Hamlet days

"Oh God! God!
How weary, stale, flat, and unprofitable,
Seems to me all the uses of this world!"

     Hamlet, I.ii.134-36

Today I am having a day where writing is hard. I know exactly the scene I need to be writing, and writing it is like pulling teeth.

I just looked at that sentence and hated it, by the way. Cliché, and an uninteresting one. Boring verbs. It is indeed that sort of day.

I've written. I'm pretty much doing a full-out cheerleading routine for myself after each sentence, but there are more words on the page now than there were this morning, and there will be more before I go to bed tonight, and probably most of them won't be crossed out, and when I type the draft into the computer, I probably won't even remember how hard it was to get those words down.

Bad days happen. Days where it feels like you can't write, or that everything you write sucks, or that it's boring, and been done before. Someone on twitter asked what do I do when that happens, hence my posting this blog.

So. What do I do on the days writing is hard?

First, I try to work through it. Here's the thing. I am fortunate enough to have the problem of deadlines. Not everything I write is commissioned, but much is. So in many cases, someone is waiting for the thing I am writing. I believe in meeting my deadlines (some of which are also contractual obligations) because I believe that is the professional thing to do, and also because that is how I get paid. Sometimes working through the suck means turning to another project temporarily, and letting my mind clear that way. Sometimes it means reminding myself that what I am writing is a draft, and thus, it is okay to suck - expected even! - and that I will fix things in revisions. I'd say 80% of the time this works. It doesn't mean that the writing suddenly becomes fun - the day is usually still a slog, but I get done what I needed to do.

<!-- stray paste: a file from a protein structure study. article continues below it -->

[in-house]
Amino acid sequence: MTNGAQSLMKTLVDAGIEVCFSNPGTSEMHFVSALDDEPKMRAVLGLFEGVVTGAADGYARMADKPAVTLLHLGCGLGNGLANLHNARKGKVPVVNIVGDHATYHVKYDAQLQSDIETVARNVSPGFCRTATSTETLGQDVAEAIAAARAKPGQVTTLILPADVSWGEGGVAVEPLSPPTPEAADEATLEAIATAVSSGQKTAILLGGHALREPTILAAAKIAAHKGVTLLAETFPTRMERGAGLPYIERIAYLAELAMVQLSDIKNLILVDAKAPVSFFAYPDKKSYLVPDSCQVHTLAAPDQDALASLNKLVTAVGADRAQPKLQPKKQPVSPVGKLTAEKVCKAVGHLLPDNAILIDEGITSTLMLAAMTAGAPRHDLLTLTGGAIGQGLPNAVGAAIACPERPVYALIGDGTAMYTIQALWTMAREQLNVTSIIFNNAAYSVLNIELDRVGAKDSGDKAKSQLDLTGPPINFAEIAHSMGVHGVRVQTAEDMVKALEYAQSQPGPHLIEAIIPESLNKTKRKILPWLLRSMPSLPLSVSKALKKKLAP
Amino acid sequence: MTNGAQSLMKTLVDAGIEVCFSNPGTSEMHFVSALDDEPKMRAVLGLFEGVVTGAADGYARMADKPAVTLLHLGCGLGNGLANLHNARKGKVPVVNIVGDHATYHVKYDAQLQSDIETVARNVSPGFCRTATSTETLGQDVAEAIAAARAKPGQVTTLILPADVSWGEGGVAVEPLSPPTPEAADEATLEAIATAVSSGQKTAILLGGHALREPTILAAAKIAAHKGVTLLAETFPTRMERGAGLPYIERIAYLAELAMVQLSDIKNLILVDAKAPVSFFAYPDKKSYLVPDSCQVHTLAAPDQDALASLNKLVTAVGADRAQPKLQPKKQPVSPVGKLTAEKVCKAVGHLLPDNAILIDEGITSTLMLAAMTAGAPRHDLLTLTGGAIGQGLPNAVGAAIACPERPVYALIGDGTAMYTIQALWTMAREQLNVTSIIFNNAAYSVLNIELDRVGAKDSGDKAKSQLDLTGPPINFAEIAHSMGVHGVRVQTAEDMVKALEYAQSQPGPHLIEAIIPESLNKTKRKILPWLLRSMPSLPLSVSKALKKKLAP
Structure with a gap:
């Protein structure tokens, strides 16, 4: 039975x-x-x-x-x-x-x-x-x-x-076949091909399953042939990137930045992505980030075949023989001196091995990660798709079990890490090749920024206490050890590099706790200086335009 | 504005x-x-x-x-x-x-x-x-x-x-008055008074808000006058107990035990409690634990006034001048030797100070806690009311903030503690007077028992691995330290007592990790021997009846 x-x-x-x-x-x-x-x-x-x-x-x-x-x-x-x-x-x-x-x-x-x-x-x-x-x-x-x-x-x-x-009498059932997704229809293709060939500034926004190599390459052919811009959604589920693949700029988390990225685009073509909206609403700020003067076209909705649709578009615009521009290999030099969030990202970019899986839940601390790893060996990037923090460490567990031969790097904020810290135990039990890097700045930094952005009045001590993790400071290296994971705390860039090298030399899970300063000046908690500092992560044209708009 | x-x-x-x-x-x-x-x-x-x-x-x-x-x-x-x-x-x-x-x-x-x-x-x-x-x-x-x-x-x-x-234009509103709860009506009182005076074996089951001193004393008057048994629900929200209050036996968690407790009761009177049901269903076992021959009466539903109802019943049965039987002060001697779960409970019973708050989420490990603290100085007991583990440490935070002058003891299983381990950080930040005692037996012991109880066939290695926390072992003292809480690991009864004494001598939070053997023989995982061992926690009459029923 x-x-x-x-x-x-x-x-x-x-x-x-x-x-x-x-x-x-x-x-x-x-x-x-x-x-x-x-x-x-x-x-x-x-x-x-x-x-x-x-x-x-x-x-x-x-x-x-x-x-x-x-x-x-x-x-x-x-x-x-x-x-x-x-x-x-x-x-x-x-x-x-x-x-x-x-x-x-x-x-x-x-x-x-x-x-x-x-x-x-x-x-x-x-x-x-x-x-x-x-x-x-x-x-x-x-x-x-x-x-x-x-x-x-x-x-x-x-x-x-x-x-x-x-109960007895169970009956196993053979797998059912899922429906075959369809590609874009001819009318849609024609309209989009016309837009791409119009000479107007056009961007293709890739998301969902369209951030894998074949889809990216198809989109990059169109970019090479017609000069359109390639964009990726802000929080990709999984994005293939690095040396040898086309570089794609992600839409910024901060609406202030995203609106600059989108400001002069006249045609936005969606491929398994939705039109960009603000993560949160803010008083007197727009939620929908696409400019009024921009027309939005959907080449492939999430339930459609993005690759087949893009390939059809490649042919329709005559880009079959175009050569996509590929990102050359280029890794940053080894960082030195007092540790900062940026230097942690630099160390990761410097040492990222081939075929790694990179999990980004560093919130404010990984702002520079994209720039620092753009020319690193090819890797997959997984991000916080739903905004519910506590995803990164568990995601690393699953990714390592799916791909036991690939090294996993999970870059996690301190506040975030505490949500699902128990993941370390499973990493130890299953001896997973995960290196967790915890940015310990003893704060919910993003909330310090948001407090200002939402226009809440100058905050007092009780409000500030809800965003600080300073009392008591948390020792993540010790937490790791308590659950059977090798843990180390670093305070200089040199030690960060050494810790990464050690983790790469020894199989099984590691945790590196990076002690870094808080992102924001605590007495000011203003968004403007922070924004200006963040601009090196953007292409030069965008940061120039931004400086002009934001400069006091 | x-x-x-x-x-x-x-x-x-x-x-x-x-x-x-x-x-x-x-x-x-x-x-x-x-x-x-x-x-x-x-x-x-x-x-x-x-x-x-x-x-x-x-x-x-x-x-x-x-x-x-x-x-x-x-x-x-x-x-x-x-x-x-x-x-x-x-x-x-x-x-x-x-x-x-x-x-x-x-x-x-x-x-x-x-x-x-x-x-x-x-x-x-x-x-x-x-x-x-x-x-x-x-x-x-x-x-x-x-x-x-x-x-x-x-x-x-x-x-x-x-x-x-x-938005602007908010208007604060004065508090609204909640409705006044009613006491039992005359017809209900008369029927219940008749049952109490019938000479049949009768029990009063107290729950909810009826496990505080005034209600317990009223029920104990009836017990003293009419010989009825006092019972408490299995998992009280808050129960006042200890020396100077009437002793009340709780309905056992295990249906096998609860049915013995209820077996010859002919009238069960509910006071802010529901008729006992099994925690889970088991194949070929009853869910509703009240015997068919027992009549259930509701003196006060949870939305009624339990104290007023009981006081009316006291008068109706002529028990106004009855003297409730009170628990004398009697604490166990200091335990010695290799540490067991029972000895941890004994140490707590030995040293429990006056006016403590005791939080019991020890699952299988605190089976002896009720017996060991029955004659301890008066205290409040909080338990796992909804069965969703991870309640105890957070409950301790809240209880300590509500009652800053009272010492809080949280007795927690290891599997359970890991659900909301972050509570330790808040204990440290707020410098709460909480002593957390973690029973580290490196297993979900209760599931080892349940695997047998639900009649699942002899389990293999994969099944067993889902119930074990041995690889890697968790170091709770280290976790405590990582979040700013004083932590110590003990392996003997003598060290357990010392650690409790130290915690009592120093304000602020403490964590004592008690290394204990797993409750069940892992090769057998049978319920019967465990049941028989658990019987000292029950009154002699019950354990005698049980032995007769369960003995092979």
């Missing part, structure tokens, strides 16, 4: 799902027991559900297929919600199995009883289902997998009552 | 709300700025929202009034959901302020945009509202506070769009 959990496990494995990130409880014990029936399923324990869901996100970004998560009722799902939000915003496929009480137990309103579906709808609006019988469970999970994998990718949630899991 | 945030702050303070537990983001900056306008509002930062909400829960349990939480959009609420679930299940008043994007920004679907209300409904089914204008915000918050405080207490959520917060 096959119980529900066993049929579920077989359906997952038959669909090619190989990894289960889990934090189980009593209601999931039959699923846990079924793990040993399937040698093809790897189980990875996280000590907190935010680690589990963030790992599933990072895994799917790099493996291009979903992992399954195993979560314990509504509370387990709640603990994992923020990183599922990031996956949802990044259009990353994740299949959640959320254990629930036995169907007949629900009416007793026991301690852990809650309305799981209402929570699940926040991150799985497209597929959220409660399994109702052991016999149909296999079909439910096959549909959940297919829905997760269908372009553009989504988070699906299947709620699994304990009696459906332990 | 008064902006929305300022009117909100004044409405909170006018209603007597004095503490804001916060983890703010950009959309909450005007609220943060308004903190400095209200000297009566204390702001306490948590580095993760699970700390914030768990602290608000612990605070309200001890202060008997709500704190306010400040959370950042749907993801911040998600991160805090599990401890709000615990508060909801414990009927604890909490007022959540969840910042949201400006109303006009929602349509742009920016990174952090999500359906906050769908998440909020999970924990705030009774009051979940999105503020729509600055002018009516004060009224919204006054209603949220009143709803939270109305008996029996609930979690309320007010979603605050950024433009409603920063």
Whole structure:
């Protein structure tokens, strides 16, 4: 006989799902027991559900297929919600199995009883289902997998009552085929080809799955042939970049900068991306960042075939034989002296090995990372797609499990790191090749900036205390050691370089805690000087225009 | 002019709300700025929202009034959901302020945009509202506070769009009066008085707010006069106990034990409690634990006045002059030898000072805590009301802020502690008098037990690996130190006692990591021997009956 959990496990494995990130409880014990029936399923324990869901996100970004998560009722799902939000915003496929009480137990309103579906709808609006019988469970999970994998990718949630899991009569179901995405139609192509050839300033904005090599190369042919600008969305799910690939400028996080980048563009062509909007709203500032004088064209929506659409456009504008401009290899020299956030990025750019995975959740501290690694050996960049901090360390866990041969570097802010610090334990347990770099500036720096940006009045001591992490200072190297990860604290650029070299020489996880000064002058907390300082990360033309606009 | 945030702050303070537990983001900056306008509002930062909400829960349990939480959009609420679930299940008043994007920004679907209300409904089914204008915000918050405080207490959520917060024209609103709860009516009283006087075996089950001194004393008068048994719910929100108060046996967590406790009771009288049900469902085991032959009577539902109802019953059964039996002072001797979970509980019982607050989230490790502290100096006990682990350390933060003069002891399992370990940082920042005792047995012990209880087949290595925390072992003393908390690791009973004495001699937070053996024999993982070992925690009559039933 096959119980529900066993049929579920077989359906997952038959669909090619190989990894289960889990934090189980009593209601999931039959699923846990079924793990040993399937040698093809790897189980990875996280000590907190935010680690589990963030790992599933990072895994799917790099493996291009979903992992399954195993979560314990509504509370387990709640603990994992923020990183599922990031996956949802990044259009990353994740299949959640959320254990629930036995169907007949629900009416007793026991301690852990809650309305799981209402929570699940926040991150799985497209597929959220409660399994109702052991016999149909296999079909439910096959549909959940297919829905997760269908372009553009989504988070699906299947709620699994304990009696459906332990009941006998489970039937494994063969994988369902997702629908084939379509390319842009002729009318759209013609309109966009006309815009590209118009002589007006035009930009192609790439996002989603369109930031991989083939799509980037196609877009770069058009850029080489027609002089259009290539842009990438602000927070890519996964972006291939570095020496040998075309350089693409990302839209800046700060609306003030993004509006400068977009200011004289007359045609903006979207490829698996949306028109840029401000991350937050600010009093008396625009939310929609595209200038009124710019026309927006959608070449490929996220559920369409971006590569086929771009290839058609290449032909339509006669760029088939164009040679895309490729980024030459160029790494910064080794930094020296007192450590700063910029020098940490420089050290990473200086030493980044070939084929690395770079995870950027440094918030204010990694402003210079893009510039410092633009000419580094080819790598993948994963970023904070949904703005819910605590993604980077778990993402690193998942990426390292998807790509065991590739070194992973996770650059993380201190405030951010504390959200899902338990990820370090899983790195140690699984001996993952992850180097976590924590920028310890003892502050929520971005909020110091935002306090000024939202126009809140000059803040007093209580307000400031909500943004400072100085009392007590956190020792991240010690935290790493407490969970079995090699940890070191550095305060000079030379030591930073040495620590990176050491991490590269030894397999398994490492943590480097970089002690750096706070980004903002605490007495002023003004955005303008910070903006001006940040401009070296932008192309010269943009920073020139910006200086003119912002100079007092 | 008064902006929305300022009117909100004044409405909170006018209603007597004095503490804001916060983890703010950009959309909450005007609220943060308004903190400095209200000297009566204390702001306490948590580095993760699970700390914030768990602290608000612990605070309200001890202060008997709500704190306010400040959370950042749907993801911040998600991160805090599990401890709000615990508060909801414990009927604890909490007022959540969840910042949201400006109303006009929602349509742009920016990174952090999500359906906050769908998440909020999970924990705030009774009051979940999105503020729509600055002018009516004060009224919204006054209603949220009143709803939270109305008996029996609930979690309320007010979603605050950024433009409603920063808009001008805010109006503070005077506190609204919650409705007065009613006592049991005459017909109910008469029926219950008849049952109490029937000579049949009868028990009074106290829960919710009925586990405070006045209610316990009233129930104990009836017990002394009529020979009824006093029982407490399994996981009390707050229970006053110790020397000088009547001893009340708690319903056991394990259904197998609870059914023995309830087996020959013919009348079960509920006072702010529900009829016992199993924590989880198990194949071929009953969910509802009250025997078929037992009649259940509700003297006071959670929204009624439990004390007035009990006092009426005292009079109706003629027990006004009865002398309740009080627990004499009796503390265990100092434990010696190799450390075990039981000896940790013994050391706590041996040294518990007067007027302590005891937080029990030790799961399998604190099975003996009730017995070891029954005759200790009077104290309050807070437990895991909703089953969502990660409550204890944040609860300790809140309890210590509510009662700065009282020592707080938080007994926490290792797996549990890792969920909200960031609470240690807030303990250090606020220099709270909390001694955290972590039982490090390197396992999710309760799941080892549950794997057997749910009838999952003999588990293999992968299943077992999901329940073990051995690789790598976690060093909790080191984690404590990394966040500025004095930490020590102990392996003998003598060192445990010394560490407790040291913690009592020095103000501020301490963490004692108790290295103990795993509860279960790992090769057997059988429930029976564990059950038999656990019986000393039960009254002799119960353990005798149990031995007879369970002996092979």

If I can't work through it, I look around for something I can do that's necessary work, but isn't writing - cleaning the house, going to the grocery store. Baking. (Okay, maybe that one's not necessary.) Going for a run. Sometimes just the mental break from the project is enough to let me come back to it with fresh eyes, plus there's the bonus that I did something I needed to do. I'd say this gets me through about another 10% of the crap.

The remaining 10%, the days where I can't shake the demons and doubts, where I feel that I'm untalented and that every sale and decent review has been a fluke, and will never be repeated, I give myself permission to take the day off and wallow. To put on my sweats, and eat the brownies I just baked, and read comfort books or marathon my favorite episodes of Doctor Who. I embrace the terrible, horrible, no good, very-bad day. Oddly enough, it helps.

The other thing that helps is realizing that everyone has bad days, days when the writing is hard, when we have cases of the doubts and donwannas. Everyone. Even your very favorite writer. Even when they were writing their very best book. So know that it's okay to have a hard day, to have doubts, to be certain all your words are wrong. Maybe you will cross them out. You will write the better ones later.